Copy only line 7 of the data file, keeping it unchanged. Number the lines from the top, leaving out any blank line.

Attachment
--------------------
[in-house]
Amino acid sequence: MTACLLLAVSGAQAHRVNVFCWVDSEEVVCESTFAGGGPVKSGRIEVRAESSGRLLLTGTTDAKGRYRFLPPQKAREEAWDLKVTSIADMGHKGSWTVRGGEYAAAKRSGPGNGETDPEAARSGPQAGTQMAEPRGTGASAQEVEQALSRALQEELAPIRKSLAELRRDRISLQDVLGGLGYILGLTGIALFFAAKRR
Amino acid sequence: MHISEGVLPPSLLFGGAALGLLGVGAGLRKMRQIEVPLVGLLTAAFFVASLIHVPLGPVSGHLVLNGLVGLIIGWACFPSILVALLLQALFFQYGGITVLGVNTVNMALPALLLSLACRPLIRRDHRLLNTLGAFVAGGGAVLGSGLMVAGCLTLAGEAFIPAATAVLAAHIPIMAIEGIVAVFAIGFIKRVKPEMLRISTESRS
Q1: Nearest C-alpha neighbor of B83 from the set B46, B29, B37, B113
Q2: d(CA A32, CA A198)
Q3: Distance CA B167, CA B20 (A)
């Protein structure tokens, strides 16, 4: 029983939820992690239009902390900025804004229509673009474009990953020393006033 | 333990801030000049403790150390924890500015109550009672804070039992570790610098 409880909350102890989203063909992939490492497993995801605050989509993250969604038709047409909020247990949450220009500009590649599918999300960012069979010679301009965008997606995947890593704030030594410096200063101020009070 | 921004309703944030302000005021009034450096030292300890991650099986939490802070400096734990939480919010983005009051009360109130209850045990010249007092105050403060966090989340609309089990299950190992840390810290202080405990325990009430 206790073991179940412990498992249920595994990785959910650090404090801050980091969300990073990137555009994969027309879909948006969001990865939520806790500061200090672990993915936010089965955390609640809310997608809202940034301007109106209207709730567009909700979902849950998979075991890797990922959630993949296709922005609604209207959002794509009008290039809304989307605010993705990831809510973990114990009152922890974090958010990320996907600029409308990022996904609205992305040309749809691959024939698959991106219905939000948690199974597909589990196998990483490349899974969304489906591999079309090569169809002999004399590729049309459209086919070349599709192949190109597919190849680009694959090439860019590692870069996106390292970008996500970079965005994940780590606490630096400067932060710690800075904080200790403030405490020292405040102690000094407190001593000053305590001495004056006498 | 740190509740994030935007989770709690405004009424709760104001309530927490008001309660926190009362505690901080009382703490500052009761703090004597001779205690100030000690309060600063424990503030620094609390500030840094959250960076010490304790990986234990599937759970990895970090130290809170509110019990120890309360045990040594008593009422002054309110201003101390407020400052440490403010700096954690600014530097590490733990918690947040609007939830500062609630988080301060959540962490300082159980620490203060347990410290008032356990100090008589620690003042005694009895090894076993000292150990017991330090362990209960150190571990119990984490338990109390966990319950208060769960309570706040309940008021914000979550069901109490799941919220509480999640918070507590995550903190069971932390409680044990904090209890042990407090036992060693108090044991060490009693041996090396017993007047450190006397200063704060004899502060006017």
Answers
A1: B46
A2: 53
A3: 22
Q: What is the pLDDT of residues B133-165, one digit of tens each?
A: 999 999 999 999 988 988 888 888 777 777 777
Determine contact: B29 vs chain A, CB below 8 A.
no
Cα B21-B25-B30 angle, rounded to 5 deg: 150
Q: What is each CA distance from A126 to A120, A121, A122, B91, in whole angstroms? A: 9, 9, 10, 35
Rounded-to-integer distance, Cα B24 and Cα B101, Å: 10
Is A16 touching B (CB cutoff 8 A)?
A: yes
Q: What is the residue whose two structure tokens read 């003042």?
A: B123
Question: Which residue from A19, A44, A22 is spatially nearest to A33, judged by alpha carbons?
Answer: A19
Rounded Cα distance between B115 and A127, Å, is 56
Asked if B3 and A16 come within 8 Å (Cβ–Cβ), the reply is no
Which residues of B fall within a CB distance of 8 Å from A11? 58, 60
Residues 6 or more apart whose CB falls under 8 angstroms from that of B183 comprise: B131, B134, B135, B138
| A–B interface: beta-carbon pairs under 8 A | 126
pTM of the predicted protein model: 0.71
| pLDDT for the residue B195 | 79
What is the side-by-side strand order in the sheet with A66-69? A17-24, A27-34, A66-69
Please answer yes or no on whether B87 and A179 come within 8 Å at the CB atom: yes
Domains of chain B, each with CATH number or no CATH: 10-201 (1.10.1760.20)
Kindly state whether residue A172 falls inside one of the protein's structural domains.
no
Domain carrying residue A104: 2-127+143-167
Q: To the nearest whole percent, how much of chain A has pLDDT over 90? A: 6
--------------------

């Protein structure tokens, strides 16, 4: 029983939820992690239009902390900025804004229509673009474009990953020393006033 | 333990801030000049403790150390924890500015109550009672804070039992570790610098 409880909350102890989203063909992939490492497993995801605050989509993250969604038709047409909020247990949450220009500009590649599918999300960012069979010679301009965008997606995947890593704030030594410096200063101020009070 | 921004309703944030302000005021009034450096030292300890991650099986939490802070400096734990939480919010983005009051009360109130209850045990010249007092105050403060966090989340609309089990299950190992840390810290202080405990325990009430 206790073991179940412990498992249920595994990785959910650090404090801050980091969300990073990137555009994969027309879909948006969001990865939520806790500061200090672990993915936010089965955390609640809310997608809202940034301007109106209207709730567009909700979902849950998979075991890797990922959630993949296709922005609604209207959002794509009008290039809304989307605010993705990831809510973990114990009152922890974090958010990320996907600029409308990022996904609205992305040309749809691959024939698959991106219905939000948690199974597909589990196998990483490349899974969304489906591999079309090569169809002999004399590729049309459209086919070349599709192949190109597919190849680009694959090439860019590692870069996106390292970008996500970079965005994940780590606490630096400067932060710690800075904080200790403030405490020292405040102690000094407190001593000053305590001495004056006498 | 740190509740994030935007989770709690405004009424709760104001309530927490008001309660926190009362505690901080009382703490500052009761703090004597001779205690100030000690309060600063424990503030620094609390500030840094959250960076010490304790990986234990599937759970990895970090130290809170509110019990120890309360045990040594008593009422002054309110201003101390407020400052440490403010700096954690600014530097590490733990918690947040609007939830500062609630988080301060959540962490300082159980620490203060347990410290008032356990100090008589620690003042005694009895090894076993000292150990017991330090362990209960150190571990119990984490338990109390966990319950208060769960309570706040309940008021914000979550069901109490799941919220509480999640918070507590995550903190069971932390409680044990904090209890042990407090036992060693108090044991060490009693041996090396017993007047450190006397200063704060004899502060006017």